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The high mobility group transcription factor Sox8 is a negative regulator of osteoblast differentiation.

Schmidt K, Schinke T, Haberland M, Priemel M, Schilling AF, Mueldner C, Rueger JM, Sock E, Wegner M, Amling M - J. Cell Biol. (2005)

Bottom Line: This is achieved through a balanced activity of bone-resorbing osteoclasts and bone-forming osteoblasts.In this study, we identify the high mobility group transcription factor Sox8 as a physiologic regulator of bone formation.Together, these data demonstrate a novel function of Sox8, whose tightly controlled expression is critical for bone formation.

View Article: PubMed Central - PubMed

Affiliation: Institute of Biochemistry, Friedrich-Alexander-University, Erlangen-Nürnberg, Erlangen 91054, Germany.

ABSTRACT
Bone remodeling is an important physiologic process that is required to maintain a constant bone mass. This is achieved through a balanced activity of bone-resorbing osteoclasts and bone-forming osteoblasts. In this study, we identify the high mobility group transcription factor Sox8 as a physiologic regulator of bone formation. Sox8-deficient mice display a low bone mass phenotype that is caused by a precocious osteoblast differentiation. Accordingly, primary osteoblasts derived from these mice show an accelerated mineralization ex vivo and a premature expression of osteoblast differentiation markers. To confirm the function of Sox8 as a negative regulator of osteoblast differentiation we generated transgenic mice that express Sox8 under the control of an osteoblast-specific Col1a1 promoter fragment. These mice display a severely impaired bone formation that can be explained by a strongly reduced expression of runt-related transcription factor 2, a gene encoding a transcription factor required for osteoblast differentiation. Together, these data demonstrate a novel function of Sox8, whose tightly controlled expression is critical for bone formation.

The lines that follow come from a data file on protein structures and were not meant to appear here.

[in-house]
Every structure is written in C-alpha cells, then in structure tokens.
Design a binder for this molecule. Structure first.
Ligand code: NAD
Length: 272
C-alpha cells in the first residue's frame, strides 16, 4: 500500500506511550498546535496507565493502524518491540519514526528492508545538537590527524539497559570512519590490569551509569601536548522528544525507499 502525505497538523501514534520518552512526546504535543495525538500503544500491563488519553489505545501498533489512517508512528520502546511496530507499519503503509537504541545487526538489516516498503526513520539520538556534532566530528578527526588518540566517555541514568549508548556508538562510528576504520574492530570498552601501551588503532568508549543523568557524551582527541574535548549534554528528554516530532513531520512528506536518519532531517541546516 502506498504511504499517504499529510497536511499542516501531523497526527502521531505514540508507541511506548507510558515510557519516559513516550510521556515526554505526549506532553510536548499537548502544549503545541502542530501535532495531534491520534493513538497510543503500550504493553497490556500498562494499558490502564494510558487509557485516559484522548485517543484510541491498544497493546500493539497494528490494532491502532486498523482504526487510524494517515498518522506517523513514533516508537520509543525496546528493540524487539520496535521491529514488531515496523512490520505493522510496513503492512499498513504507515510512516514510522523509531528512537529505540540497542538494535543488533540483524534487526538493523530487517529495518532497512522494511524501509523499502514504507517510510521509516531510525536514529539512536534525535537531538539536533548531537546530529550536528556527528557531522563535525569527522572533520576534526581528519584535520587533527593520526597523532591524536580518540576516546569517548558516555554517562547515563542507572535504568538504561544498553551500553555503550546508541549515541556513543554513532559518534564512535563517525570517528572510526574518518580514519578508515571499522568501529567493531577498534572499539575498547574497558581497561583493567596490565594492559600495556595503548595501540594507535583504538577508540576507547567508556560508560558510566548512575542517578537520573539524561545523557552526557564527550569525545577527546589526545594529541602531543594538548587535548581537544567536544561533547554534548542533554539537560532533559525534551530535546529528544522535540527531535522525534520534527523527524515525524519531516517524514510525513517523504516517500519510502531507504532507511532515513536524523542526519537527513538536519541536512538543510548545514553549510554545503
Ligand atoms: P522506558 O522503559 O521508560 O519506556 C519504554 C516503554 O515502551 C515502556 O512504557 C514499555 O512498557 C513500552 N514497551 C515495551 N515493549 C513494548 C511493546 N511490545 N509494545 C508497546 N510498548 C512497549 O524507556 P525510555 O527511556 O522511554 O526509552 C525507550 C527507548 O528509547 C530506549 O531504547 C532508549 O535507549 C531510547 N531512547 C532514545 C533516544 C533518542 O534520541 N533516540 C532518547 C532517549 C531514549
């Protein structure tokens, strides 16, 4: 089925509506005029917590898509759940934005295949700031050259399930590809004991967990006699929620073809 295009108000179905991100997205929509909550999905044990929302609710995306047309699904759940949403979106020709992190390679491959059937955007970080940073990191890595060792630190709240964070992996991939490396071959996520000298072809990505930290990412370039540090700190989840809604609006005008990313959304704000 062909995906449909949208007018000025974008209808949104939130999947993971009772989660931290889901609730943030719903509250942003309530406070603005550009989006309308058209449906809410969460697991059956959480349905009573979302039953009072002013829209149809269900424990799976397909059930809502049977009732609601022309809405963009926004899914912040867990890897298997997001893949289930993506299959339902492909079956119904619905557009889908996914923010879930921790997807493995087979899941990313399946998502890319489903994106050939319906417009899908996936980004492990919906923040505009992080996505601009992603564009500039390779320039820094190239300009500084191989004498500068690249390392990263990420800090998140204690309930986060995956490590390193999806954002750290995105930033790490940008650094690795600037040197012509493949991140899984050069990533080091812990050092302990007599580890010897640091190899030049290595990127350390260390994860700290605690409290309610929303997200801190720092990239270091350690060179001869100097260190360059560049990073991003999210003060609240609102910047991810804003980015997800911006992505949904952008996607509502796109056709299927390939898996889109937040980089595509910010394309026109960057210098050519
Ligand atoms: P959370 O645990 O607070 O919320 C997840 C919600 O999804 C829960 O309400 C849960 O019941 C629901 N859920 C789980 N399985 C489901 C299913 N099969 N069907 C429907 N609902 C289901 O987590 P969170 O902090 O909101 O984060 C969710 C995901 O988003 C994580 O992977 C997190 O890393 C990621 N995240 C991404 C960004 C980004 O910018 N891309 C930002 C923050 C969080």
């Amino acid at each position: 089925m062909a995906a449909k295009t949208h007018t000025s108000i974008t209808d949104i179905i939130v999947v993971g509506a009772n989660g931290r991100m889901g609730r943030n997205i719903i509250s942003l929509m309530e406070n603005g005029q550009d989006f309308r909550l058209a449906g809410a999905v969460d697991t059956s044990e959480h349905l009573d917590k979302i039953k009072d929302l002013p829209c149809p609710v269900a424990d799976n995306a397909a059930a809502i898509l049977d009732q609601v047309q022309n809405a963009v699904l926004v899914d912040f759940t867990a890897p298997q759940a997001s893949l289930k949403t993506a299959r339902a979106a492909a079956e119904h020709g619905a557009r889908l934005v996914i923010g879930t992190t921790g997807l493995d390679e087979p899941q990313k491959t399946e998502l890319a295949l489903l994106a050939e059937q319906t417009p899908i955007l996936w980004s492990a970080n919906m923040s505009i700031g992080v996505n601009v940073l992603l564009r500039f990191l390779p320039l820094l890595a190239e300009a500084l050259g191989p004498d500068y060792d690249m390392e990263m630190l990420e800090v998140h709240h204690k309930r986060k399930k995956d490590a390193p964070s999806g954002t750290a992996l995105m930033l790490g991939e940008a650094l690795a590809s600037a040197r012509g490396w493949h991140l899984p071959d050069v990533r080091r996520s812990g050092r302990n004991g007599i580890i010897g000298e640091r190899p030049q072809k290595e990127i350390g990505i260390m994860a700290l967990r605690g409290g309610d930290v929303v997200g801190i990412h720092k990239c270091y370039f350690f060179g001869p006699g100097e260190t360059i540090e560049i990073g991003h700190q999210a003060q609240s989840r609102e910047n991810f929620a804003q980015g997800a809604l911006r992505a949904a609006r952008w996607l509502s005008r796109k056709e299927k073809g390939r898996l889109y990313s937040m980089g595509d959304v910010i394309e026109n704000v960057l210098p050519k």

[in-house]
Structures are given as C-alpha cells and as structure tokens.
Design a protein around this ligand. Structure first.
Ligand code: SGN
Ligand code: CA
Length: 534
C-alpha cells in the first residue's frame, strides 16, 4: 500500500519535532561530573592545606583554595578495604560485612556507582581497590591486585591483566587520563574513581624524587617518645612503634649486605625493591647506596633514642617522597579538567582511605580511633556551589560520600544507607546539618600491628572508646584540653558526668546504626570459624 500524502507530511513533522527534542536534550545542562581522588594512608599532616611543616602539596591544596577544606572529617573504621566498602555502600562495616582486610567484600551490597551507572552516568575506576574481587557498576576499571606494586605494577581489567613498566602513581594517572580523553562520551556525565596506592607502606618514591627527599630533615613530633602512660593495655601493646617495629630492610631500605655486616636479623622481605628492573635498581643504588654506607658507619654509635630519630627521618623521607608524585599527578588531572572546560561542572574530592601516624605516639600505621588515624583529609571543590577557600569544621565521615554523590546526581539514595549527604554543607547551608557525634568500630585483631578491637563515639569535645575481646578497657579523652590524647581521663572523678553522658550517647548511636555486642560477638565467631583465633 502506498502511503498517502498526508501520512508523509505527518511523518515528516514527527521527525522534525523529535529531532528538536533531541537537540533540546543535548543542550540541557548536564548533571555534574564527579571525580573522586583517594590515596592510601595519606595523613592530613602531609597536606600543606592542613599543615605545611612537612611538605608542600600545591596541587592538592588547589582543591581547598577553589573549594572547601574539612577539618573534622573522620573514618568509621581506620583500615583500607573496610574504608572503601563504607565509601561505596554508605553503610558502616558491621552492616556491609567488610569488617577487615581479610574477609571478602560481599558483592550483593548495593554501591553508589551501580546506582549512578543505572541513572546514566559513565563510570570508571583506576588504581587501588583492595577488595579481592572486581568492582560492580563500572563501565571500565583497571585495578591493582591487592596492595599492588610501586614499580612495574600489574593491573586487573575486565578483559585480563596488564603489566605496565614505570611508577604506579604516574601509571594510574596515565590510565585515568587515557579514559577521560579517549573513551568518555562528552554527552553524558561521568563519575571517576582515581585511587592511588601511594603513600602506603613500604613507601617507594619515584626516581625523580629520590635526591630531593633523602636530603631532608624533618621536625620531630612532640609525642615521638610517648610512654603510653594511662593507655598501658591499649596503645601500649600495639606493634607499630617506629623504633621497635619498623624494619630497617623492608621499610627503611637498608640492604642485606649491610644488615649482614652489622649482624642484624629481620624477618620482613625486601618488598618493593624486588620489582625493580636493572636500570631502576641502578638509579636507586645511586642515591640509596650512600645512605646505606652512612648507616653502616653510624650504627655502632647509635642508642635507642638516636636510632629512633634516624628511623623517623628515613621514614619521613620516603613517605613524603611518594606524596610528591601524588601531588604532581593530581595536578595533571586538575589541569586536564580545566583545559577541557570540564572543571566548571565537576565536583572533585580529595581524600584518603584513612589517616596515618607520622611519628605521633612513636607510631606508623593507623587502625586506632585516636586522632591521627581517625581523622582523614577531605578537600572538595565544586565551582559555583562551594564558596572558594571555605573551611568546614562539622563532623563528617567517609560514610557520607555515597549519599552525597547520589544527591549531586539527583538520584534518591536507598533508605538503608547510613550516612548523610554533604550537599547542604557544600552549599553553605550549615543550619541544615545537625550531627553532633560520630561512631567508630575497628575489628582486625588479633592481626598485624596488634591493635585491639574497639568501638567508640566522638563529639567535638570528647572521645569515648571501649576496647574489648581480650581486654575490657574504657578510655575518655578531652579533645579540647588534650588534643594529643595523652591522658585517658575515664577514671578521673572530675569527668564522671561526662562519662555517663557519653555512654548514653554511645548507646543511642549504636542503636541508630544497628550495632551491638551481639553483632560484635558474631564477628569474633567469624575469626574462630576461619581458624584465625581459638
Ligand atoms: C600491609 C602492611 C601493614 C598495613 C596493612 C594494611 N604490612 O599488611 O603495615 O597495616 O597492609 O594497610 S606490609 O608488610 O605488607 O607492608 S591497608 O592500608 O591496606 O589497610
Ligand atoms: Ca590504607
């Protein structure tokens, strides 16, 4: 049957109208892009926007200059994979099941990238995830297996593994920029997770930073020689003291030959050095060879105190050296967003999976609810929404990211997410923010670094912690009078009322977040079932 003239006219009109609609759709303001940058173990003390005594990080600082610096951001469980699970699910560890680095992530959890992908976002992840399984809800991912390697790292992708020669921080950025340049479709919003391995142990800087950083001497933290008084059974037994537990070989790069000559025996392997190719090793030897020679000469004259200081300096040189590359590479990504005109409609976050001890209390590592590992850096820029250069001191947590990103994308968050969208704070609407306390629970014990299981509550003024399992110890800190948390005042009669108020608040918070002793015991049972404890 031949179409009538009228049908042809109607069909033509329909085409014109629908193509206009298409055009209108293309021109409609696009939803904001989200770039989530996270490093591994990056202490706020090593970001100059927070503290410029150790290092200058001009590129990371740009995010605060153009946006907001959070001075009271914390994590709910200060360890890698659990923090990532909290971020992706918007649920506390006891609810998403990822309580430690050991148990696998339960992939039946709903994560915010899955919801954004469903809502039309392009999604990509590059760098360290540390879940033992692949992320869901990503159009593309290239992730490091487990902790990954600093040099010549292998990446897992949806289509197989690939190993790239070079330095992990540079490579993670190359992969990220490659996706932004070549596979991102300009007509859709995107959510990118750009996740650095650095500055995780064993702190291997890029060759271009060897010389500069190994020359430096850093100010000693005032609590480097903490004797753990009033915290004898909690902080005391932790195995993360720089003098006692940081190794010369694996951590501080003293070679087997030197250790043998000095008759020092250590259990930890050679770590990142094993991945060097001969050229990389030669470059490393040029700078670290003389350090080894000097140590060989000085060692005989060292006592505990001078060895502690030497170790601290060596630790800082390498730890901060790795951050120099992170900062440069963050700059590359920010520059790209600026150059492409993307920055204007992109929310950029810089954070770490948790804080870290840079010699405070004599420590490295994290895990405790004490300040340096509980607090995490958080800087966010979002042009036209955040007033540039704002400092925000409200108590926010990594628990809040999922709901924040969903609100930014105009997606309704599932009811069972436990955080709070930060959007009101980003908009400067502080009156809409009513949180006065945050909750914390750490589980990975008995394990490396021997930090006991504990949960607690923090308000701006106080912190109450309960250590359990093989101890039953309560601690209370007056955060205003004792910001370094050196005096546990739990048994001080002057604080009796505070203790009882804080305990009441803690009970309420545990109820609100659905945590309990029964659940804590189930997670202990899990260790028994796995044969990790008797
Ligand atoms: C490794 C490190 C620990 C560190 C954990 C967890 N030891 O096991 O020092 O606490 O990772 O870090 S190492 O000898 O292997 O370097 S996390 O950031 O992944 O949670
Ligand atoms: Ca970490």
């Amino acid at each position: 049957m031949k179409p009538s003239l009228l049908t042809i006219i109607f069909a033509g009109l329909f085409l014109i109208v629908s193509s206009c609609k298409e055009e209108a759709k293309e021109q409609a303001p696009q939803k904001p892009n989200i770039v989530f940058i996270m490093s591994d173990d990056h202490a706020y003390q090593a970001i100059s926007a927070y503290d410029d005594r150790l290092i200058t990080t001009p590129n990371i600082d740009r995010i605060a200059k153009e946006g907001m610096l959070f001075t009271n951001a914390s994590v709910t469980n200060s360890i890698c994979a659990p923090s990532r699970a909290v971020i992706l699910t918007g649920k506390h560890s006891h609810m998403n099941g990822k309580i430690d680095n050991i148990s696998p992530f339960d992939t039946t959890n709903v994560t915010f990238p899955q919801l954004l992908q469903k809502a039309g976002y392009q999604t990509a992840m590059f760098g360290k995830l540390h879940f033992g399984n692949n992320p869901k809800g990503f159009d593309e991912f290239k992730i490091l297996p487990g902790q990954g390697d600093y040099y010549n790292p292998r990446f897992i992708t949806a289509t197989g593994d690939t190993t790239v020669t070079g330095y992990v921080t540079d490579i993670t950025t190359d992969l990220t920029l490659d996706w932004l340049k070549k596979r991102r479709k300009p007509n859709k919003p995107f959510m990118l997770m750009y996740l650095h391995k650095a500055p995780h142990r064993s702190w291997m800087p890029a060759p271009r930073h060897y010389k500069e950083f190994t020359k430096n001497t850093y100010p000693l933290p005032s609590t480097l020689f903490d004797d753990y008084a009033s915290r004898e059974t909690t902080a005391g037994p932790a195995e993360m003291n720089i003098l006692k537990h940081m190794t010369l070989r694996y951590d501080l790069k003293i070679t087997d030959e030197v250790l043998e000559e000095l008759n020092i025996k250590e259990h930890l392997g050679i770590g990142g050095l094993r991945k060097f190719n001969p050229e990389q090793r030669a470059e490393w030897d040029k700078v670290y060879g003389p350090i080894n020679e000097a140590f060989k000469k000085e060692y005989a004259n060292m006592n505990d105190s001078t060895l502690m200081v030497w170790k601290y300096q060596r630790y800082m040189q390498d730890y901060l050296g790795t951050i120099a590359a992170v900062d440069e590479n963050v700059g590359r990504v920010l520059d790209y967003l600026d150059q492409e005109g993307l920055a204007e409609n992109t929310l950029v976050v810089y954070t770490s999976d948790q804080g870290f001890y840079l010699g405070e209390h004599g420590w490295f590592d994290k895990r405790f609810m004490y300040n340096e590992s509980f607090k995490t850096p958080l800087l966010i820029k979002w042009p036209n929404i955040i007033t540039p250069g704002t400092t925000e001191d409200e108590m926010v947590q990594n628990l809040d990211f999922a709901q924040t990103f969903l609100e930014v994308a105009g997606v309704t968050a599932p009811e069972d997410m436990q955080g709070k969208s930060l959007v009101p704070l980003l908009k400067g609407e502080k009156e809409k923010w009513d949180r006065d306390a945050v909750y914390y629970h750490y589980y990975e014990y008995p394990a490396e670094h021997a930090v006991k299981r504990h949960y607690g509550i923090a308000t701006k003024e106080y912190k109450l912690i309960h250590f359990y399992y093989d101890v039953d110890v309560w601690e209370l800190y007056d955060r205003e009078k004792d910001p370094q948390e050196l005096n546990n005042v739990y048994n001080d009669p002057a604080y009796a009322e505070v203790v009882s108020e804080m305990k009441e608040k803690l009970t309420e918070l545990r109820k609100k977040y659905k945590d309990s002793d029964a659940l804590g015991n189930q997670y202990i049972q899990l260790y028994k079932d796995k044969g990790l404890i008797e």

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Premature expression of osteoblast differentiation markers in Sox8-deficient osteoblasts. (A) RT-PCR expression analysis of primary osteoblast cultures from wild-type (WT) and Sox8-deficient (−/−) mice at d0, d5, and d10 of differentiation. Note the premature expression of Bsp, Phex, Runx2, and Osx in Sox8-deficient cultures. Tnsalp (tissue nonspecific alkaline phosphatase), Osc (osteocalcin), Bsp (bone sialoprotein), Phex (phosphate-regulating gene with homologies to endopeptidases located on the X-chromosome), Runx2 (runt-related transcription factor 2), Osx (osterix), Lrp5 (low density lipoprotein receptor-related protein 5), Gapdh (Glycerinaldehydephosphate dehydrogenase). (B) Analysis of Runx2 DNA-binding activity. An electrophoretic mobility shift assay using the Runx2-binding site (OSE-2; Ducy et al., 1997) reveals the presence of Runx2 in nuclear extracts from nondifferentiated Sox8-deficient osteoblasts, but not from wild-type osteoblasts (d0). Binding was not observed with a mutated binding site (mutOSE-2) or in the presence of an anti–Runx2-antibody. (C) Analysis of osteoblast differentiation markers in vivo. A Northern blot expression analysis using calvaria and femur RNA from wild-type and Sox8-deficient mice at 6 wk old reveals an elevated expression of Osc, Bsp, Phex, and Runx2 in the absence of Sox8.